A woman says two New York Police Department officers forced her to drink with them and that one touched her inappropriately while she was trying to report her rape.
According to a lawsuit filed Tuesday against the two officers and the city, the 25-year-old nursing student alleges that two sex crimes officers, Detective Lukasz Skorzewski and Lt. Adam Lamboy, flew to Seattle, where she had moved after her alleged rape in a New York City apartment in 2013, and acted in a "gross and repugnant dereliction of their duties and a severe abuse of their position and power."
The woman, whom TheBlaze is not naming, is seeking $3 million.
The lawsuit alleges that on July 6, 2013, the two officers met the plaintiff at a Seattle bar to discuss her sexual assault complaint. When she expressed discomfort at meeting in such a social setting, Lamboy, 44, said it would be "OK" and "we'll protect you," the lawsuit alleges.
Lamboy and Skorzewski then spent several hours buying drinks for themselves as well as the plaintiff, the lawsuit says. At one point, the officers were allegedly cut off because they were too intoxicated. As she was unable to drive home, the lawsuit says the plaintiff was coaxed by the officers to spend the night on their hotel room's couch.
The lawsuit then goes on to describe a chilling scene the next morning: Skorzewski, 31, allegedly climbed into bed with the plaintiff, began to touch her and expressed his desire to kiss her. According to the suit, she told him that she did not feel comfortable with that, but he began to kiss her anyway. For the next 20 to 30 minutes, the lawsuit describes, she kept trying to push his hands away when he attempted to put them down her pants.
"Eventually, [she] was able to get out of bed and retreated to the shower where she began to cry," the lawsuit states. "When [she] returned to the room, she was confronted by Skorzewski who implored [her] not to divulge what had transpired to anyone. 'It can't leave this room,' stated Skorzewski."
The officers warned the plaintiff that her case would be jeopardized if she spoke of any of their activities to anyone.
"The plaintiff was fearful that the underlying sexual assault investigation would be jeopardized if she did not remain silent as to the events which took place with the investigating officers," the lawsuit states.
After the officers left, Skorzewski, who was married, began to call and text the plaintiff everyday for the next two months and said he'd "never bonded with a victim like this before," the lawsuit alleges.
In an interview with the New York Daily News in January, the plaintiff said Skorzewski became "like a big brother figure" to her and would discuss his other cases with her. Eventually the calls stopped, however, and she confronted him in an email.
"He responded by blaming everything on me and saying I messed up his personal life," she said.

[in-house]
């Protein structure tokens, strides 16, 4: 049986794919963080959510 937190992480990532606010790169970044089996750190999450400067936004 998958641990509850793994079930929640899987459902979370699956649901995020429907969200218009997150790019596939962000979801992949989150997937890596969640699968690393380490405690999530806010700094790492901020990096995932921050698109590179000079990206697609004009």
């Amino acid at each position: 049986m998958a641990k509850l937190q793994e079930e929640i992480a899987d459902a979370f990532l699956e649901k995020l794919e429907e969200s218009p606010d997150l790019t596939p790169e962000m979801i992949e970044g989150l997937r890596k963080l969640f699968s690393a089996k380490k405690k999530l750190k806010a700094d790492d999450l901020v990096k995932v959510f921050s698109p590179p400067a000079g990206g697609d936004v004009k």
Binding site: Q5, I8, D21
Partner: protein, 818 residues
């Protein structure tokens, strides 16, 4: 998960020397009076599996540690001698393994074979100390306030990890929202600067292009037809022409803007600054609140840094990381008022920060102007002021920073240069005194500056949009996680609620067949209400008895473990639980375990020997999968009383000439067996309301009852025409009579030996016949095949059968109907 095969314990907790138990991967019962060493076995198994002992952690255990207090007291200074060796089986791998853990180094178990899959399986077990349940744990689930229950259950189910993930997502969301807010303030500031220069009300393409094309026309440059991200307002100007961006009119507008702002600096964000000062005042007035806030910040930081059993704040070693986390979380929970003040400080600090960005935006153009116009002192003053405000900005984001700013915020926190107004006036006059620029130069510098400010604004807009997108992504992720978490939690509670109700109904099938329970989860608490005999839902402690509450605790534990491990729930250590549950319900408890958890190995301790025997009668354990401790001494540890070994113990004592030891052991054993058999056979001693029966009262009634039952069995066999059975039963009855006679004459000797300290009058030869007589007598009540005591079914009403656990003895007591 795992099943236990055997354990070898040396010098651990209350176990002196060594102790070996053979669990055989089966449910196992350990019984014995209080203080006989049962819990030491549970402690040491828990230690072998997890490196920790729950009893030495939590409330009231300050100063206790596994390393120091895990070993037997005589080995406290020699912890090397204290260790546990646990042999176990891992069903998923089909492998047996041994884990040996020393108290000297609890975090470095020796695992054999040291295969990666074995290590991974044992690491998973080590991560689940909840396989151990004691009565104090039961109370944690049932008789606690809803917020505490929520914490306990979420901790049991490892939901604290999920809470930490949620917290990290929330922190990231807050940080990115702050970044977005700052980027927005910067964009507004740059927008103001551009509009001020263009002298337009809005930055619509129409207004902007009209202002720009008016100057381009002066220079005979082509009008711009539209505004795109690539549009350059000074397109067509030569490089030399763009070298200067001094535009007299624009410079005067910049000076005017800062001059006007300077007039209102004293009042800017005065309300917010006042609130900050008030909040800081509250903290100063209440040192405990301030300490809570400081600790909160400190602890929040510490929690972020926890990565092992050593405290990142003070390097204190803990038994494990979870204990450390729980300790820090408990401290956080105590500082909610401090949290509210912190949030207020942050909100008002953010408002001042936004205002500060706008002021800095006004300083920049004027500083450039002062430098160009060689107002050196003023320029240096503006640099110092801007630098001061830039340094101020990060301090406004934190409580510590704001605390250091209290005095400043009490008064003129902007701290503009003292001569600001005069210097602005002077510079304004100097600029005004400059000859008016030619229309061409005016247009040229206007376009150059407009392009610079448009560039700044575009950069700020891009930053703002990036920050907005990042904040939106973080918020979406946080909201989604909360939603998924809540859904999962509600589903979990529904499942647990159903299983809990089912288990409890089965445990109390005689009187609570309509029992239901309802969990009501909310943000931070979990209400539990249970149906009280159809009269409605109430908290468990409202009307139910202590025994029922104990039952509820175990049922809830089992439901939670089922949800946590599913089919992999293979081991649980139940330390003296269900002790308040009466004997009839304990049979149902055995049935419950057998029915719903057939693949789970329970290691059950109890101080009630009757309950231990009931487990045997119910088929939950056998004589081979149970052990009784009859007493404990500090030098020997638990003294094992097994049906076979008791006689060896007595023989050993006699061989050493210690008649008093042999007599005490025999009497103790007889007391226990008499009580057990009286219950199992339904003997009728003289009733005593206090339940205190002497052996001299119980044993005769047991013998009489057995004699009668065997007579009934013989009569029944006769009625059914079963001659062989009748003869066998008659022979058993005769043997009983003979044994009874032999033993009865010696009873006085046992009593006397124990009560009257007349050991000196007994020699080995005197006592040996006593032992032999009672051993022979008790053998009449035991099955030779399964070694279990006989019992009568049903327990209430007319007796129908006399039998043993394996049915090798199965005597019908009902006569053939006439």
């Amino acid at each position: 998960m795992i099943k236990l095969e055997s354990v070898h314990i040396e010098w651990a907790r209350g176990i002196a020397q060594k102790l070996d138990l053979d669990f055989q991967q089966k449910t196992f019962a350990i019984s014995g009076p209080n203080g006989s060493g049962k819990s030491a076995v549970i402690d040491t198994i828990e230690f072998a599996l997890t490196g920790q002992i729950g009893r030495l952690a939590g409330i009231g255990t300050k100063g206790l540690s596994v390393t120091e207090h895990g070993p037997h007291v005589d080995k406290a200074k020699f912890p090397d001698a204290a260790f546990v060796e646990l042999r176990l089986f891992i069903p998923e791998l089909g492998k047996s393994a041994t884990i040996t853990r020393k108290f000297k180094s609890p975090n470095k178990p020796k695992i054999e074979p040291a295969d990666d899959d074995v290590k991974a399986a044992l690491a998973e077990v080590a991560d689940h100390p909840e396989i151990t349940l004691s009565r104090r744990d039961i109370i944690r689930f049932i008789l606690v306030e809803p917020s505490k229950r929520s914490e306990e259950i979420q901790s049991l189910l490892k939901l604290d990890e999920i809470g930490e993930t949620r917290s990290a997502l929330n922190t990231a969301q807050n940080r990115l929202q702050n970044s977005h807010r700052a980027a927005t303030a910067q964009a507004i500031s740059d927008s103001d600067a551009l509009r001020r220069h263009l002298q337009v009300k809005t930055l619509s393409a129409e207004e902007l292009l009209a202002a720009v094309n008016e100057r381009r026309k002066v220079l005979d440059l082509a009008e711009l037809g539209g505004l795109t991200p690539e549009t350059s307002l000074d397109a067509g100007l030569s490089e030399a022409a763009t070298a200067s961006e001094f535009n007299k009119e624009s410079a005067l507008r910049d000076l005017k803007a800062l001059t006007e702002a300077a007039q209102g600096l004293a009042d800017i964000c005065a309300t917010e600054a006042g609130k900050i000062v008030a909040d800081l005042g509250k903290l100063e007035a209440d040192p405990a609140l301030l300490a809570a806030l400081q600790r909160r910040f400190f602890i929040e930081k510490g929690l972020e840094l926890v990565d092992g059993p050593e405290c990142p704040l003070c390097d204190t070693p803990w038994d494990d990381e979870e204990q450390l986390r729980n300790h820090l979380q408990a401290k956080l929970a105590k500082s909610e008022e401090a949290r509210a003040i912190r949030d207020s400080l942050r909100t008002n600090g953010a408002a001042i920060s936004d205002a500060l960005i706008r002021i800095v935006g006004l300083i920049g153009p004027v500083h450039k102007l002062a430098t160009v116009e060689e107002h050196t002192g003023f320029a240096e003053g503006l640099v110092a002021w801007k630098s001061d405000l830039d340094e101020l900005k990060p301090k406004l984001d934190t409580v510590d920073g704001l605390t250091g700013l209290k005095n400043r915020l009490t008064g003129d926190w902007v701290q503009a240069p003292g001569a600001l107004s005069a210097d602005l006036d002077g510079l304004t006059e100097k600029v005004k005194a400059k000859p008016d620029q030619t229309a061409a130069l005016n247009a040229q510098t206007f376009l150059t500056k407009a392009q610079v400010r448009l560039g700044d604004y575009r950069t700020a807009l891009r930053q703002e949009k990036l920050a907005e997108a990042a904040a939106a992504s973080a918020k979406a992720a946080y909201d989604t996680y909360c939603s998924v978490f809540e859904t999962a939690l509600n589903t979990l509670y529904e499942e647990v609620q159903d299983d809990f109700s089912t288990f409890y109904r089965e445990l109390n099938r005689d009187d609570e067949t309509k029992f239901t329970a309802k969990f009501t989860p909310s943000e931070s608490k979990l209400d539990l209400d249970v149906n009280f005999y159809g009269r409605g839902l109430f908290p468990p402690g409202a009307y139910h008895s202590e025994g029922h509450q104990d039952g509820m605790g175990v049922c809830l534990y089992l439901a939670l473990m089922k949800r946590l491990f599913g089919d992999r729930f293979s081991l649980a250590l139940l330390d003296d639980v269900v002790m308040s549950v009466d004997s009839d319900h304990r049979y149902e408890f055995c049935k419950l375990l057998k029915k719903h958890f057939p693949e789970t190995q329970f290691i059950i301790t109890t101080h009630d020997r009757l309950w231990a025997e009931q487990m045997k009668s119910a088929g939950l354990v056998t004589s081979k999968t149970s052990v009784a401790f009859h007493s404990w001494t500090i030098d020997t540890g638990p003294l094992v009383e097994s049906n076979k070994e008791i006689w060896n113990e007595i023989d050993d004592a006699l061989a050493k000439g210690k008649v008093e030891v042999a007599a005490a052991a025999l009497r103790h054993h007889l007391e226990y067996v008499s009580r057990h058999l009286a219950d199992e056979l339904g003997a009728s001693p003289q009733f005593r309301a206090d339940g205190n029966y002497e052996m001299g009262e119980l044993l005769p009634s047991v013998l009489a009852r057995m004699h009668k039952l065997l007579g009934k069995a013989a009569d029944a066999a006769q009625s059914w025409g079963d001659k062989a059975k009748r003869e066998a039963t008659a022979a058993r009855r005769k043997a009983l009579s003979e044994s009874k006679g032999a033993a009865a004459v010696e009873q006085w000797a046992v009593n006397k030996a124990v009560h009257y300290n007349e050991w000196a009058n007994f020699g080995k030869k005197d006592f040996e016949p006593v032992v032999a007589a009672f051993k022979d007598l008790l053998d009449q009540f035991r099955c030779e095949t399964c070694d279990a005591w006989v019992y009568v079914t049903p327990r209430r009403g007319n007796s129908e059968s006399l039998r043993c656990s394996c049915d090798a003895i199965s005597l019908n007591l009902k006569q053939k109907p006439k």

The plaintiff returned to New York City in October 2013 to participate in a "controlled call" with her alleged rapist in an attempt to get him to admit to the initial crime. That call was unsuccessful, and her case was dropped in November 2013 without any explanation to her, the lawsuit says. She eventually moved back to the city in January 2014 to complete her nursing degree.
The police department's Internal Affairs Bureau launched an investigation into the officers and in December 2014 said their findings "partially substantiated" the claims against the officers. Lamboy pled guilty to departmental charges of "prohibited conduct" for taking a victim out for drinks and not supervising his subordinate officer. He had his pay docked and was transferred to a different unit where he eventually retired.
Skorzewski also pled guilty and was suspended, demoted in rank and removed from the NYPD's Special Victims Unit.
At the time, the New York Daily News reported that Lamboy was also under investigation for getting paid overtime for days he had not worked. He was ordered to repay $5,000, lost 45 vacation days and was suspended 15 days without pay. He lost his command as NYPD’s Manhattan Special Victims Division and was transferred to a division in Queens, the Daily News reported.
The Daily News reported that Skorzewski was docked 30 vacation days, suspended 10 days without pay and was transferred to a division in Queens while on a one-year probation.
"What the detective did was immoral, certainly. It was wrong. But it wasn’t criminal," a police source told the Daily News of the allegations against Skorzewski.
"The plaintiff was a 23-year-old student who trusted NYPD enough to report a serious crime to them," Meaghan Ybos, executive director of People for the Enforcement of Rape Laws, a Memphis-based policy and advocacy group that monitors law enforcement’s responses to reports of sexual violence, told TheBlaze. "Instead of investigating the sex crime she reported, the NYPD sex crimes detectives assaulted her, then threatened to keep her quiet, according to the complaint."
"The NYPD SVU violated the plaintiff and the community at large," Ybos said. "I applaud the plaintiff for asserting her rights. I hope her bravery inspires other sex crime victims."
The lawsuit for $2 million for special and compensatory damages, $1 million for punitive damages and reasonable attorney's fees and costs.
A representative for the NYPD said they had not received a copy of the lawsuit yet. A representative for the city of New York did not return requests for comment from TheBlaze Thursday morning.